First, there is Knightian uncertainty. This is the type of uncertainty that is immeasurable and thus not possible to calculate. Typically it relates to the inability of agents or decision makers to reasonably contemplate all the possible states of nature or characterize their probability distributions. If, on the other hand, the realization of the states of nature is not known in advance but agents can reasonably contemplate all such states and their likelihood, this situation is commonly known as risk (the second type of uncertainty).
Others tend to distinguish between aleatory (or objective) uncertainty and epistemic (or subjective). Ultimately, all uncertainty relevant for decision making is subjective, but for practical purposes it is worth making the distinction because there are cumulative effects of the two uncertainties that can explain events such as the financial crisis. As Oliver Blanchard commented:
“… what is at work is not only objective, but also subjective uncertainty … Subjective uncertainty is about “unknown unknowns”. When, as today, the unknown unknowns dominate, and the economic environment is so complex as to appear nearly incomprehensible, the result is extreme prudence, if not outright paralysis, on the part of investors, consumers and firms. And this behaviour, in turn, feeds the crisis”.
Uncertainty can be related to many dimensions relevant to policy making, including (i) uncertainty about the current state of the economy, (ii) uncertainty about its structure; and (iii) uncertainty over the way economic agents form expectations about future developments and future policy actions.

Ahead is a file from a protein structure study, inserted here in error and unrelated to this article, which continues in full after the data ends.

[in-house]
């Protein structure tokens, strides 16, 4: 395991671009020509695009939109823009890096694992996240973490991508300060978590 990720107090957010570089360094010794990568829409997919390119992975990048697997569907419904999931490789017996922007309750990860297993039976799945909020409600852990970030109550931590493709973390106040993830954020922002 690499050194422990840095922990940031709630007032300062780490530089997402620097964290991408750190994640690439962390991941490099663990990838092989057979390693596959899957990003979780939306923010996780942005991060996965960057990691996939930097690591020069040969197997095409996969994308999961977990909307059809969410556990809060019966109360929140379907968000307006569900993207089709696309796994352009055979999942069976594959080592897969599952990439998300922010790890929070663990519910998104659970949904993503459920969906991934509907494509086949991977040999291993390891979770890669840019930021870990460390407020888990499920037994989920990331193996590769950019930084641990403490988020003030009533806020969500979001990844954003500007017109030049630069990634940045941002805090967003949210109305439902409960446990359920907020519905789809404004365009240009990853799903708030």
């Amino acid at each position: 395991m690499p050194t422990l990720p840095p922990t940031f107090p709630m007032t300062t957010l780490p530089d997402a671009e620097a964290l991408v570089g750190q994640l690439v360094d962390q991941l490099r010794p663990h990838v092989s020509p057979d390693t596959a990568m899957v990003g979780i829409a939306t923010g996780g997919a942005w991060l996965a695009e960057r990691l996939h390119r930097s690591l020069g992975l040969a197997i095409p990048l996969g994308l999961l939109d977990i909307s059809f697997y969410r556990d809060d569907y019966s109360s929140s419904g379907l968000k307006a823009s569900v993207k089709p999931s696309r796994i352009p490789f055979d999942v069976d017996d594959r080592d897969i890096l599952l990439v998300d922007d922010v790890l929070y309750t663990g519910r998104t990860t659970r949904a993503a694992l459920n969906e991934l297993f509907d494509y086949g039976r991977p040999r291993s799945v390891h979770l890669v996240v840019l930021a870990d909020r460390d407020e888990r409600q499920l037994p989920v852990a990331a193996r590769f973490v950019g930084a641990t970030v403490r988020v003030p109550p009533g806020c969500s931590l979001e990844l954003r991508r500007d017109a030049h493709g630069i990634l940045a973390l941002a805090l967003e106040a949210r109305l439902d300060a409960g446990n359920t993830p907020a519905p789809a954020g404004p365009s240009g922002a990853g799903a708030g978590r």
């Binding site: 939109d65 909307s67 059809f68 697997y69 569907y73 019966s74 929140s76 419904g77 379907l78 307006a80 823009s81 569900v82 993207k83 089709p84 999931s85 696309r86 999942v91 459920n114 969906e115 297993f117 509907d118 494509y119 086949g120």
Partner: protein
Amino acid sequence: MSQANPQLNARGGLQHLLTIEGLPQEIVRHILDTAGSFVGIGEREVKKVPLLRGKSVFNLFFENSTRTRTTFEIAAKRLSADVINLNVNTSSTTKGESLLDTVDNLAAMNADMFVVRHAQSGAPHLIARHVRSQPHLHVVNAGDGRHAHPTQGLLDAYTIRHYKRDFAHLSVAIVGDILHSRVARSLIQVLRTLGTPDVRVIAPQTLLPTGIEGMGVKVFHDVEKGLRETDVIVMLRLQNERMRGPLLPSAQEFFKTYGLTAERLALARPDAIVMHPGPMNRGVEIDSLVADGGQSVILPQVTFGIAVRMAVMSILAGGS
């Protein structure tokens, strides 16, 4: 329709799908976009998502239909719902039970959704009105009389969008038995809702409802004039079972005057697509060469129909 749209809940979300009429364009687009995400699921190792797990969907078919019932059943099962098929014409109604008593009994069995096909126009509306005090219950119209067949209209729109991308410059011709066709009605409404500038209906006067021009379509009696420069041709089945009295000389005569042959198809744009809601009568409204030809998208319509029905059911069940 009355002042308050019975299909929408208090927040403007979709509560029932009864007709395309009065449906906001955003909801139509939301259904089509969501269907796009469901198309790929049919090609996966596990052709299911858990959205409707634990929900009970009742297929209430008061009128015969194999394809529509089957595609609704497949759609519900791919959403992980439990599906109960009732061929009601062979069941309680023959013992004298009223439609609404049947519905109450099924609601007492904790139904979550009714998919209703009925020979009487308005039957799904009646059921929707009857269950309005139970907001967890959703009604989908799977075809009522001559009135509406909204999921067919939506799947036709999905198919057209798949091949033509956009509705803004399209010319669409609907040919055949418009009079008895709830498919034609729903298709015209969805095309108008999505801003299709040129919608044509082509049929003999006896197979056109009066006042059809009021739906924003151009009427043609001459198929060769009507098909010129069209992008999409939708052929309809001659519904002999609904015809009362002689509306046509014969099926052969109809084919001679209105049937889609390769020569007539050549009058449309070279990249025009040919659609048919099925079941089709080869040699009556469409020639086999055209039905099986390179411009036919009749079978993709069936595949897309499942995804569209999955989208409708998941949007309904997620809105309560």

Let me give you some concrete examples of such dimensions relying on unobservables.
First, consider the famous Taylor rule. This relates changes in monetary policy rates to changes in inflation and the output gap, anchored around some notion of the equilibrium real interest rate. By and large, the rule assumes fixed coefficients for these feedbacks. Even though policy makers never mechanically follow such a rule, over a long horizon, it can ex post provide a good description of monetary-policy setting. Policy-making, however, as opposed to academia is forward looking – unless one believes with Karl Marx that history repeats itself as a farce.
Consider now the effect of monetary policy when interest rates are around their effective lower bound. Given the limited experience policy makers have of such episodes, there is deep uncertainty as to whether the normal rules of the game (i.e., the coefficients of the Taylor rule) will continue to provide a broad guide for monetary decisions. Moreover, estimates of potential output and thus the output gap have inevitably been blurred by the scarring of the financial crisis, as well as by rapid technological changes throughout the last decades. In line with this, at the Bank for Internal Settlements, Borio has argued that we must supplement traditional measures of output gaps with measures of financial imbalances and credit cycles. There is however no unambiguous way to do this given the many different methods of filtering data and extracting trend and cycle. Moreover, macroeconomic data samples are limited relative to the infrequent nature of crises to make these discriminations. Likewise, forecasts of inflation are increasingly difficult to make in a globalized world: there are many common trends in inflation determinants, and common shocks such as in commodity prices. Accordingly, domestic factors – such as wage setting – may matter far less than before.